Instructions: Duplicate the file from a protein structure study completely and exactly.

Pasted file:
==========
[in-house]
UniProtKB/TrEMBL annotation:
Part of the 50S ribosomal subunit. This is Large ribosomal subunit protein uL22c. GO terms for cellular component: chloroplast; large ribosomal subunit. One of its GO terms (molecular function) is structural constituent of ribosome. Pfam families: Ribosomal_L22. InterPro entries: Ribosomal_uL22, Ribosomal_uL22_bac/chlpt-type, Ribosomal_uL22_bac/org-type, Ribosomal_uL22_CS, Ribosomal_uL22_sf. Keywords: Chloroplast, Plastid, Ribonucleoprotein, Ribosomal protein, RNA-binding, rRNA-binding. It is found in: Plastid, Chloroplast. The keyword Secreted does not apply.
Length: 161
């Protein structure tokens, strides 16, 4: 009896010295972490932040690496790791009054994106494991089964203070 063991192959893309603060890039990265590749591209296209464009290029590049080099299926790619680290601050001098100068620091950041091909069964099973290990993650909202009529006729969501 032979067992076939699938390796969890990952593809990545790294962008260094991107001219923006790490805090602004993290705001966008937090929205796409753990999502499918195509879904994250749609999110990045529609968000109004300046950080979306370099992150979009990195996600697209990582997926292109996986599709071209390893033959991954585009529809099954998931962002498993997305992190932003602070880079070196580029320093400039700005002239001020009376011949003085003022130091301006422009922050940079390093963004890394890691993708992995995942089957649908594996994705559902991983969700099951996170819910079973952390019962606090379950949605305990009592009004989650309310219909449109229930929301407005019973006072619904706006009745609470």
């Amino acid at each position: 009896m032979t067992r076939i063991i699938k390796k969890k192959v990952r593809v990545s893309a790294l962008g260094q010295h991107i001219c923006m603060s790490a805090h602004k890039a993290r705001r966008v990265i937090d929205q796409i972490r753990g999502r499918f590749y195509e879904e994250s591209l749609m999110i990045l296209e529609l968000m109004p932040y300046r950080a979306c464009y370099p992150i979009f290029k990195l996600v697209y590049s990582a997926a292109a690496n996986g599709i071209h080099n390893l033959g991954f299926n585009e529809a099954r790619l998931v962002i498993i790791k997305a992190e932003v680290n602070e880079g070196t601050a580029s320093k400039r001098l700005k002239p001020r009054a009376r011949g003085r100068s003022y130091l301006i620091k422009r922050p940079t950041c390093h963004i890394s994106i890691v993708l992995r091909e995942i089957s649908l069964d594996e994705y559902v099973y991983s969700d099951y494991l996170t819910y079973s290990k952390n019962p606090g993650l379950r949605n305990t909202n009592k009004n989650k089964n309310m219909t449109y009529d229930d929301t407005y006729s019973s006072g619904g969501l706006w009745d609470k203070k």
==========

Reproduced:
[in-house]
UniProtKB/TrEMBL annotation:
Part of the 50S ribosomal subunit. This is Large ribosomal subunit protein uL22c. GO terms for cellular component: chloroplast; large ribosomal subunit. One of its GO terms (molecular function) is structural constituent of ribosome. Pfam families: Ribosomal_L22. InterPro entries: Ribosomal_uL22, Ribosomal_uL22_bac/chlpt-type, Ribosomal_uL22_bac/org-type, Ribosomal_uL22_CS, Ribosomal_uL22_sf. Keywords: Chloroplast, Plastid, Ribonucleoprotein, Ribosomal protein, RNA-binding, rRNA-binding. It is found in: Plastid, Chloroplast. The keyword Secreted does not apply.
Length: 161
């Protein structure tokens, strides 16, 4: 009896010295972490932040690496790791009054994106494991089964203070 063991192959893309603060890039990265590749591209296209464009290029590049080099299926790619680290601050001098100068620091950041091909069964099973290990993650909202009529006729969501 032979067992076939699938390796969890990952593809990545790294962008260094991107001219923006790490805090602004993290705001966008937090929205796409753990999502499918195509879904994250749609999110990045529609968000109004300046950080979306370099992150979009990195996600697209990582997926292109996986599709071209390893033959991954585009529809099954998931962002498993997305992190932003602070880079070196580029320093400039700005002239001020009376011949003085003022130091301006422009922050940079390093963004890394890691993708992995995942089957649908594996994705559902991983969700099951996170819910079973952390019962606090379950949605305990009592009004989650309310219909449109229930929301407005019973006072619904706006009745609470």
């Amino acid at each position: 009896m032979t067992r076939i063991i699938k390796k969890k192959v990952r593809v990545s893309a790294l962008g260094q010295h991107i001219c923006m603060s790490a805090h602004k890039a993290r705001r966008v990265i937090d929205q796409i972490r753990g999502r499918f590749y195509e879904e994250s591209l749609m999110i990045l296209e529609l968000m109004p932040y300046r950080a979306c464009y370099p992150i979009f290029k990195l996600v697209y590049s990582a997926a292109a690496n996986g599709i071209h080099n390893l033959g991954f299926n585009e529809a099954r790619l998931v962002i498993i790791k997305a992190e932003v680290n602070e880079g070196t601050a580029s320093k400039r001098l700005k002239p001020r009054a009376r011949g003085r100068s003022y130091l301006i620091k422009r922050p940079t950041c390093h963004i890394s994106i890691v993708l992995r091909e995942i089957s649908l069964d594996e994705y559902v099973y991983s969700d099951y494991l996170t819910y079973s290990k952390n019962p606090g993650l379950r949605n305990t909202n009592k009004n989650k089964n309310m219909t449109y009529d229930d929301t407005y006729s019973s006072g619904g969501l706006w009745d609470k203070k």